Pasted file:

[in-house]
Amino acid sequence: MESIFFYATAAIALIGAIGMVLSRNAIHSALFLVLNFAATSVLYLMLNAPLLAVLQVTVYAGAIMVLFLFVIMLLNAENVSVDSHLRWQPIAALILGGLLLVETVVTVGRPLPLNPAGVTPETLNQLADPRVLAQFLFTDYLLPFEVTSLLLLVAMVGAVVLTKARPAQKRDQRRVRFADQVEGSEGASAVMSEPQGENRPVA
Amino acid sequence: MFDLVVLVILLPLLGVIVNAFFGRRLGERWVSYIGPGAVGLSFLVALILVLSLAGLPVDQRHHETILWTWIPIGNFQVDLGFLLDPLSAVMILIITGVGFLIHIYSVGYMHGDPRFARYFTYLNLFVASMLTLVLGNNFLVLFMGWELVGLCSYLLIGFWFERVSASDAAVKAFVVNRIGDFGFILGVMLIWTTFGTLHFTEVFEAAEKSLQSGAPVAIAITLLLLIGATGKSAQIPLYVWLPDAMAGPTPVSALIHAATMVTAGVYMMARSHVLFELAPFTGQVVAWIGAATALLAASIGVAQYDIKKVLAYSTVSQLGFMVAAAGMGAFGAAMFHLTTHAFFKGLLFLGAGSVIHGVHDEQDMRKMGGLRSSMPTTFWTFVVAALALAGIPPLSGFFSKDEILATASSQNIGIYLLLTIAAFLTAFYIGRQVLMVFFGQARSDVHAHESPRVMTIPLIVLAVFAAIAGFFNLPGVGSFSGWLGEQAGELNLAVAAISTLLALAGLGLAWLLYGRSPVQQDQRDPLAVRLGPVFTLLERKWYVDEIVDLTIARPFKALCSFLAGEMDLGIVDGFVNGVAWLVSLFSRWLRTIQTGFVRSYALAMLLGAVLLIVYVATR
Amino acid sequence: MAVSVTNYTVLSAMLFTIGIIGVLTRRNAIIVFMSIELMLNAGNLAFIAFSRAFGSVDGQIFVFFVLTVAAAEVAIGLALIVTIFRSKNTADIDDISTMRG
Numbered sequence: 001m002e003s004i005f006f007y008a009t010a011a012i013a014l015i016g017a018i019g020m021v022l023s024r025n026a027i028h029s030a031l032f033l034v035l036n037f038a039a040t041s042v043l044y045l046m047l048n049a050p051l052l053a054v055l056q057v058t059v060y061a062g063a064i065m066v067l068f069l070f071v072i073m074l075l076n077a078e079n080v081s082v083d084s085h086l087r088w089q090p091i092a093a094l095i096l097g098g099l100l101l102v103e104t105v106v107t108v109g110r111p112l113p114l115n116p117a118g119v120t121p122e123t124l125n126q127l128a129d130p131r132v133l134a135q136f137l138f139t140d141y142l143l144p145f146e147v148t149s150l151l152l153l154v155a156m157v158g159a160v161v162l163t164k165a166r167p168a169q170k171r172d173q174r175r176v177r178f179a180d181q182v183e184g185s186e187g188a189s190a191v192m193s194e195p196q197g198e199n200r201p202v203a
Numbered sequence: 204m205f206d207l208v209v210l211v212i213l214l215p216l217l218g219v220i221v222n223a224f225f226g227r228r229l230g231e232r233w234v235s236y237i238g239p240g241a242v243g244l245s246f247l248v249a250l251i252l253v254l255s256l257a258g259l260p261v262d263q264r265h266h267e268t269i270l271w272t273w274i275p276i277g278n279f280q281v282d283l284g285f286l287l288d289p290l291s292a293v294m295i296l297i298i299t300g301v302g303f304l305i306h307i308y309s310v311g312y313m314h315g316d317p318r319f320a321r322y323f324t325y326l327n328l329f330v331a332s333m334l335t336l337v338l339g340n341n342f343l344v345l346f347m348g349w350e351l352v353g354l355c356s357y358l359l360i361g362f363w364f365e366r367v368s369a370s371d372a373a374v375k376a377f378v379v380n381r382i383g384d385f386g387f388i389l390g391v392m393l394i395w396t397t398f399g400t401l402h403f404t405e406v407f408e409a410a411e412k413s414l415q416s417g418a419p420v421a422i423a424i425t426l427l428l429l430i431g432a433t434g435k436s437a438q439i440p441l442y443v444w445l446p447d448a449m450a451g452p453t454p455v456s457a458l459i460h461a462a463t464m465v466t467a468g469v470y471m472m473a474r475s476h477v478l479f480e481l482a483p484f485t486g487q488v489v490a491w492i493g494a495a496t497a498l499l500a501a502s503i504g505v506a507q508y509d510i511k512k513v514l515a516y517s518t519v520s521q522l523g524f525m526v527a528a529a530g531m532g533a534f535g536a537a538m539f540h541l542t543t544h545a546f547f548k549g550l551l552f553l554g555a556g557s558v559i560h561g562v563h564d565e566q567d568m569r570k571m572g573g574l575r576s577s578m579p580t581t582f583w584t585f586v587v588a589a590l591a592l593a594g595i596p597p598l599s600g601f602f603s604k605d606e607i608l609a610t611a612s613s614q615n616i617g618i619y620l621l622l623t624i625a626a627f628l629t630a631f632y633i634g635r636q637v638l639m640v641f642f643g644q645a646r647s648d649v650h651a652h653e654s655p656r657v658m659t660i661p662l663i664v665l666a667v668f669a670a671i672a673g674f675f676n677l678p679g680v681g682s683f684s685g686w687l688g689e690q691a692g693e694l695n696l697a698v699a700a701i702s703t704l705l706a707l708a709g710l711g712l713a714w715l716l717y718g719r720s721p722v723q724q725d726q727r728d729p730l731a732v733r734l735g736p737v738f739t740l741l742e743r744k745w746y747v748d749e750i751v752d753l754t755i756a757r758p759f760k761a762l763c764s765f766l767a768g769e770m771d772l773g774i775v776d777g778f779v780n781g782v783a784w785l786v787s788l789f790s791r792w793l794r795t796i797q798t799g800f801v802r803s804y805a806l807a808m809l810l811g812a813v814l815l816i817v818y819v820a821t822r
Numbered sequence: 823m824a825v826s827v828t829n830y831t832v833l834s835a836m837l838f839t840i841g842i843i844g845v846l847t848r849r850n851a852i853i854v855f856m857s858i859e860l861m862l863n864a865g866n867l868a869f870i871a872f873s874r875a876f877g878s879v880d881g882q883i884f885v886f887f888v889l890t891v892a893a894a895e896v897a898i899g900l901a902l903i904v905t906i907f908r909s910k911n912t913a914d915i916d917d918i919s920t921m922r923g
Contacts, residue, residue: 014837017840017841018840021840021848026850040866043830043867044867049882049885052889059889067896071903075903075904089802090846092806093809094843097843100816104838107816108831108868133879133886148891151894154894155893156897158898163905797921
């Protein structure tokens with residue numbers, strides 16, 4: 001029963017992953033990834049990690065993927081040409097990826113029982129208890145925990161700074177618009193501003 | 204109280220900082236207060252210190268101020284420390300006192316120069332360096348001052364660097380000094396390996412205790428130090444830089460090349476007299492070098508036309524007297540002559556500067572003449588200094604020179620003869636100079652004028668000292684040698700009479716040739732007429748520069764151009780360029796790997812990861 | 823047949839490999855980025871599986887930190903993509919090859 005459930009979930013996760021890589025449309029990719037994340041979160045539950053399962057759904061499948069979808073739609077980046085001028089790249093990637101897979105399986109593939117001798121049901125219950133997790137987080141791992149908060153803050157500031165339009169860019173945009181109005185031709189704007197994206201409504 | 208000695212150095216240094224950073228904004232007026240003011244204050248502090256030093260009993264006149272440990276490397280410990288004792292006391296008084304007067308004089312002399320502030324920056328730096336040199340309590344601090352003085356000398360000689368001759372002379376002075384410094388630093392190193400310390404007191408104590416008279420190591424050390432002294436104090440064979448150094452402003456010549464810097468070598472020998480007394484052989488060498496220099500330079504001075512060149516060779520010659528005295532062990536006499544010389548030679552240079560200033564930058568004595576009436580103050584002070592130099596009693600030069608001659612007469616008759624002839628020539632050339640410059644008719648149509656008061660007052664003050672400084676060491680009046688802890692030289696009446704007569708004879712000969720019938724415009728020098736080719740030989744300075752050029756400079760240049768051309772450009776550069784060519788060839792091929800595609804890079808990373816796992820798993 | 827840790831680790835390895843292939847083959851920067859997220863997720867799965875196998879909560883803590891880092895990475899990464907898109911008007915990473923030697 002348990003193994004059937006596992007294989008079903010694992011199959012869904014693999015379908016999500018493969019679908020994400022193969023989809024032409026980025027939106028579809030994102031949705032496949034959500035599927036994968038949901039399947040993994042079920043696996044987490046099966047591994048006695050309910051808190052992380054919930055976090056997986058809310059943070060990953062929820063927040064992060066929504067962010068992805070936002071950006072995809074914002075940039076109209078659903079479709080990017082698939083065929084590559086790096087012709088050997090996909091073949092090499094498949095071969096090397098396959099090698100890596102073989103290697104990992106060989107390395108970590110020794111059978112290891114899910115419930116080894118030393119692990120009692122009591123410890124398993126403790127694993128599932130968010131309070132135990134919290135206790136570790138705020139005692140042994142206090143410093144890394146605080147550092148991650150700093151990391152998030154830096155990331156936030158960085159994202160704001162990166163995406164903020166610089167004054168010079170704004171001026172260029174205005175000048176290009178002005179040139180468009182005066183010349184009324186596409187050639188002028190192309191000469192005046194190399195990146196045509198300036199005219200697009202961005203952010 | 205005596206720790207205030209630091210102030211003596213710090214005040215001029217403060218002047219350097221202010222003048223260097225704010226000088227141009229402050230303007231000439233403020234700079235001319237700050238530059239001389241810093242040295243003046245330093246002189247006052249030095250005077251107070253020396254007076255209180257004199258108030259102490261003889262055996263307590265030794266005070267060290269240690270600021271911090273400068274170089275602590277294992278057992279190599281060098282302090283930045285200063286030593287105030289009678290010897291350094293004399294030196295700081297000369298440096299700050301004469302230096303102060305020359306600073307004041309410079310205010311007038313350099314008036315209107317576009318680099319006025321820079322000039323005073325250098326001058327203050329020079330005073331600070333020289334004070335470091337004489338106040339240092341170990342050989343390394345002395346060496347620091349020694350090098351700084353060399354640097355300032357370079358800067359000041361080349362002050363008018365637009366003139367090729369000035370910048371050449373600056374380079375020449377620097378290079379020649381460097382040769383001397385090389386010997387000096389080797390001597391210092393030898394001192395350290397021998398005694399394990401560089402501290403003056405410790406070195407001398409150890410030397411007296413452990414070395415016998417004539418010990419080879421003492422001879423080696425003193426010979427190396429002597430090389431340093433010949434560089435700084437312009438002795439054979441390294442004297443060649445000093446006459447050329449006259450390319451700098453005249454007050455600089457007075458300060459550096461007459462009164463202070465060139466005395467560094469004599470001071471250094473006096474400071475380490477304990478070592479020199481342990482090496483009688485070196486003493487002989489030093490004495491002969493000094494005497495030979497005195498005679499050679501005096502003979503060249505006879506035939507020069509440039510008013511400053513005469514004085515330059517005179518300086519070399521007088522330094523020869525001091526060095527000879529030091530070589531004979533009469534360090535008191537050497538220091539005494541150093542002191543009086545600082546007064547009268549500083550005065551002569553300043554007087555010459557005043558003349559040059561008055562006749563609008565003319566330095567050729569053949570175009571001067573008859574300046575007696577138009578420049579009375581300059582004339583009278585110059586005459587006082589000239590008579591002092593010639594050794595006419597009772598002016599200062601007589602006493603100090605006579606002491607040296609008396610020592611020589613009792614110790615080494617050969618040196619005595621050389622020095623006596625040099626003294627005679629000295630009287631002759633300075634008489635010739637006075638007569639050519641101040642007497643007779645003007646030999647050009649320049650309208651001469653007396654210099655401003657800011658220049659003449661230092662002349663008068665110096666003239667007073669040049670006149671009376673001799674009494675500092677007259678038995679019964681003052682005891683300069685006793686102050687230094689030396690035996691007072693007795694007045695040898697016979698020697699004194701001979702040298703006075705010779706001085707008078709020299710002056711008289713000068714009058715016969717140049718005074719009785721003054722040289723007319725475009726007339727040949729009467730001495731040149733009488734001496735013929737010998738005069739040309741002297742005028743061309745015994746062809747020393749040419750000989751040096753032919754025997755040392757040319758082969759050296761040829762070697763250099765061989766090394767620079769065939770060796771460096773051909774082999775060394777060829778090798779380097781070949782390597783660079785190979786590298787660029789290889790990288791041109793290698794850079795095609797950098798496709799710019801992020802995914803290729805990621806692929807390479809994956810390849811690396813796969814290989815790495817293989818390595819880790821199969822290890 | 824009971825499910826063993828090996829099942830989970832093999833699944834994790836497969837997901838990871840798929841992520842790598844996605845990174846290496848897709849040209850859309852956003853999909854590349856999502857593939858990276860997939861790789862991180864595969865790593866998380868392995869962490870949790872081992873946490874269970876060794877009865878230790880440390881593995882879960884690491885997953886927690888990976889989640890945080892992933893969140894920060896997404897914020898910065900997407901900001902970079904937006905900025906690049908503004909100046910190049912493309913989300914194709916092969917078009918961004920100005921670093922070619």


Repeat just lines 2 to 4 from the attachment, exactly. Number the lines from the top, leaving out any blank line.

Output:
Amino acid sequence: MESIFFYATAAIALIGAIGMVLSRNAIHSALFLVLNFAATSVLYLMLNAPLLAVLQVTVYAGAIMVLFLFVIMLLNAENVSVDSHLRWQPIAALILGGLLLVETVVTVGRPLPLNPAGVTPETLNQLADPRVLAQFLFTDYLLPFEVTSLLLLVAMVGAVVLTKARPAQKRDQRRVRFADQVEGSEGASAVMSEPQGENRPVA
Amino acid sequence: MFDLVVLVILLPLLGVIVNAFFGRRLGERWVSYIGPGAVGLSFLVALILVLSLAGLPVDQRHHETILWTWIPIGNFQVDLGFLLDPLSAVMILIITGVGFLIHIYSVGYMHGDPRFARYFTYLNLFVASMLTLVLGNNFLVLFMGWELVGLCSYLLIGFWFERVSASDAAVKAFVVNRIGDFGFILGVMLIWTTFGTLHFTEVFEAAEKSLQSGAPVAIAITLLLLIGATGKSAQIPLYVWLPDAMAGPTPVSALIHAATMVTAGVYMMARSHVLFELAPFTGQVVAWIGAATALLAASIGVAQYDIKKVLAYSTVSQLGFMVAAAGMGAFGAAMFHLTTHAFFKGLLFLGAGSVIHGVHDEQDMRKMGGLRSSMPTTFWTFVVAALALAGIPPLSGFFSKDEILATASSQNIGIYLLLTIAAFLTAFYIGRQVLMVFFGQARSDVHAHESPRVMTIPLIVLAVFAAIAGFFNLPGVGSFSGWLGEQAGELNLAVAAISTLLALAGLGLAWLLYGRSPVQQDQRDPLAVRLGPVFTLLERKWYVDEIVDLTIARPFKALCSFLAGEMDLGIVDGFVNGVAWLVSLFSRWLRTIQTGFVRSYALAMLLGAVLLIVYVATR
Amino acid sequence: MAVSVTNYTVLSAMLFTIGIIGVLTRRNAIIVFMSIELMLNAGNLAFIAFSRAFGSVDGQIFVFFVLTVAAAEVAIGLALIVTIFRSKNTADIDDISTMRG